IT was the most talked about Queen's Speech for years - before and after it was delivered.

For Theresa May, the 27 bills read aloud by Her Majesty were a brutal reminder of her diminished authority, the speech's contents conspiciously lacking many of the headline-grabbing policies that helped destroy her parliamentary majority.

The revival of grammar schools, a free vote on foxhunting, means-tested winter fuel payments, and the much maligned “dementia tax” to fund social care - none appear in the government’s legislative programme.

Brexit bills inevitably dominate, and there is plenty more to stimulate debate. But how is it being received in Cumbria?

Labour MP John Woodcock who represents the Barrow and Furness constituency levelled stinging criticism at the "arrogance" of the Conservatives.

He said: "The fact the Tories have had to drop their obsession with fox hunting and grammar schools from the Queen's Speech shows how important it was to cut this arrogant, washed=up government down to size in the election.

“But with Theresa May's government looking more unsteady by the day, the public will have no confidence she will even be able to deliver the measures that are included in this thin programme.

“Most worrying is the apparent determination to break up the nuclear regulatory regime governing Heysham and west Cumbria as part of taking Britain out of the EU. The Tories' dogmatic stance could cause chaos in the nuclear industry and cost thousands of local jobs."

Of 27 bills and draft bills unveiled in Mrs May's first Queen's Speech, eight are devoted to the complex process of leaving the EU, including a Repeal Bill to overturn the 1972 Act which took Britain into the European Economic Community, and separate bills on customs, trade, immigration, fisheries, agriculture, nuclear safeguards and the international sanctions regime.

In the wake of the Grenfell Tower fire and a string of terror attacks, the prime minister also announced plans for a civil disaster taskforce and a new commission for countering extremism, as well as a review of counter-terror strategy and the creation of an independent public advocate to act on behalf of bereaved families.

Tim Farron, Lib Dem MP for Westmorland and Lonsdale, said: “This speech shows a Conservative government in crisis and out of ideas. The Conservatives have not only jettisoned half their manifesto commitments, they have produced a programme utterly bereft of solutions to the biggest challenges we face."

Cumbria's newest MP, Conservative Trudy Harrison, added: “I was encouraged by the Queen’s Speech, it was a positive speech for Copeland.

"I was pleased to hear that over parliament there will be a commitment to nuclear safeguarding and road and rail infrastructure so that we can share the prosperity from the South to the North, as well as fairer funding for our schools and increased support for mental health services.

“Clearly one of the main focus for government will be getting the best deal from Brexit but, for me, it was encouraging to hear the importance of technical apprenticeships, ensuring that every young person has an opportunity to continue the legacy of world class trades that we have in abundance in Copeland.”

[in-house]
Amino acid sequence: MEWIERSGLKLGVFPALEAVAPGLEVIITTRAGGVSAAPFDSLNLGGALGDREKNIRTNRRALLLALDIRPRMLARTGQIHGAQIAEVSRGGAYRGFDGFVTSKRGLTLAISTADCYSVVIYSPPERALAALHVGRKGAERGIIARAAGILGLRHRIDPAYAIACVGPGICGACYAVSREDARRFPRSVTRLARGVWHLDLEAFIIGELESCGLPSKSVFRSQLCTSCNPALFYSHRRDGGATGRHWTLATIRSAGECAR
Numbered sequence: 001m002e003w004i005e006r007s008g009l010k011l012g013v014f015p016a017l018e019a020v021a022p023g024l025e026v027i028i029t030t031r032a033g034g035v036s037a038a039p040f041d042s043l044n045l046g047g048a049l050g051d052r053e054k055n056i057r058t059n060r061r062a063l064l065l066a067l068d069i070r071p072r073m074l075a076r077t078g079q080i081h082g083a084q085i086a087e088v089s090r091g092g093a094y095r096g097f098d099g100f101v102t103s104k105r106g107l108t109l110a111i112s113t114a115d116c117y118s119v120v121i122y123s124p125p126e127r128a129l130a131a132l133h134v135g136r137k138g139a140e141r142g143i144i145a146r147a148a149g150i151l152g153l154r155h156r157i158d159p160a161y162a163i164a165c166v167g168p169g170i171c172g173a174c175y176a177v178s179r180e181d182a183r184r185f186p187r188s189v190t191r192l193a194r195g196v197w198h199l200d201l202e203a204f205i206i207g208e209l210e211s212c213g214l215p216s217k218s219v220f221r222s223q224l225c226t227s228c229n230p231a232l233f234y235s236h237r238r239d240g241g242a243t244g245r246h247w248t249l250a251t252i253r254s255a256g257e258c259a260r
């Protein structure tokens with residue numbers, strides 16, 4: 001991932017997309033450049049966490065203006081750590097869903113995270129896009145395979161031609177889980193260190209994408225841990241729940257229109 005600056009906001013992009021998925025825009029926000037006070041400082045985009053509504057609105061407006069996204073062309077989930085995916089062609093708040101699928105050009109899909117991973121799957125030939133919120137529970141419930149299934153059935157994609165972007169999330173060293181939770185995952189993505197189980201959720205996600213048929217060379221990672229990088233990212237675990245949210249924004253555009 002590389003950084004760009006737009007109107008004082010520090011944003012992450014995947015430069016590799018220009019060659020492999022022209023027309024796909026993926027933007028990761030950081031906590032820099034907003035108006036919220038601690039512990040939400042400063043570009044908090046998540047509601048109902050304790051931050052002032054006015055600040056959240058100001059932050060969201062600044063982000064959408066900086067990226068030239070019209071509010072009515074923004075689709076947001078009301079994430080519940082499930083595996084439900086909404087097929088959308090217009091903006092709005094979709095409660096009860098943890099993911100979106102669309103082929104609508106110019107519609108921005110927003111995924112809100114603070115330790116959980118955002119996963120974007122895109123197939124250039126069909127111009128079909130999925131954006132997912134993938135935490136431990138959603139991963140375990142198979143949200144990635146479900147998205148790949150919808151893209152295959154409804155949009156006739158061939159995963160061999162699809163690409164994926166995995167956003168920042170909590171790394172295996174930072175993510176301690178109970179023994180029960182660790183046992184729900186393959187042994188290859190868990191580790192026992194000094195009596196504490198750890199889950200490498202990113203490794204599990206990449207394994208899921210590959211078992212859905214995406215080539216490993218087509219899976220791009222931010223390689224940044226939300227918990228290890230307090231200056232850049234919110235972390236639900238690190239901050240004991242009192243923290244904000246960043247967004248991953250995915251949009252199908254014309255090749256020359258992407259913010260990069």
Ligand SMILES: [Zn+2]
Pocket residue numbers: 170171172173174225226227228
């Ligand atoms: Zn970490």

Councillor Stewart Young, the Labour Party's group leader on Cumbria County Council, described the Tory Party's decision to strike a deal with the DUP as “outrageous” and risky to the Northern Ireland peace process.

“It's dangerous - and possibly illegal," he said. "This represents a conflict of interest for the government. Under the (Good Friday) agreement, the government is required to remain neutral and they have to act as a referee between the two sides.

“Everything depends on the two sides being able to trust the government. It's a very dangerous situation and, if they can't restore democratic government in Northern Ireland, we all know the alternative.”

Cllr Young is convinced that the government will have to have another general election well before it gets through its legislative programme – possibly as early as the autumn. The Conservatives are riven by internal divisions, he says.

Asked about the bill to create a commissioner for domestic abuse victims, Cllr Young said it failed to recognise one of the root causes of the problem – austerity-driven policies that cut support services for victims.

“If they're serious about tackling such problems they should restore the funding which has been cut,” he says.

“The police are part of that. But the voluntary sector and local authorities have suffered a massive reduction in income. It's all very well having someone [in this role] but it needs to be backed up by additional resources.”

Cllr Young is scathing also about other bills – including the one that includes a “right to be forgotten” and the Space Industry Bill, to enable a new generation of commercial space flight operations.

He says: “You have to sort out your priorities.

“Our NHS is falling apart and we have a huge shortage of nurses. There are people still stuck in hospitals because there's no care package available. As for the space flights, maybe Theresa May is thinking of blasting some member of her cabinet into space.

“I wouldn't blame her if she was.”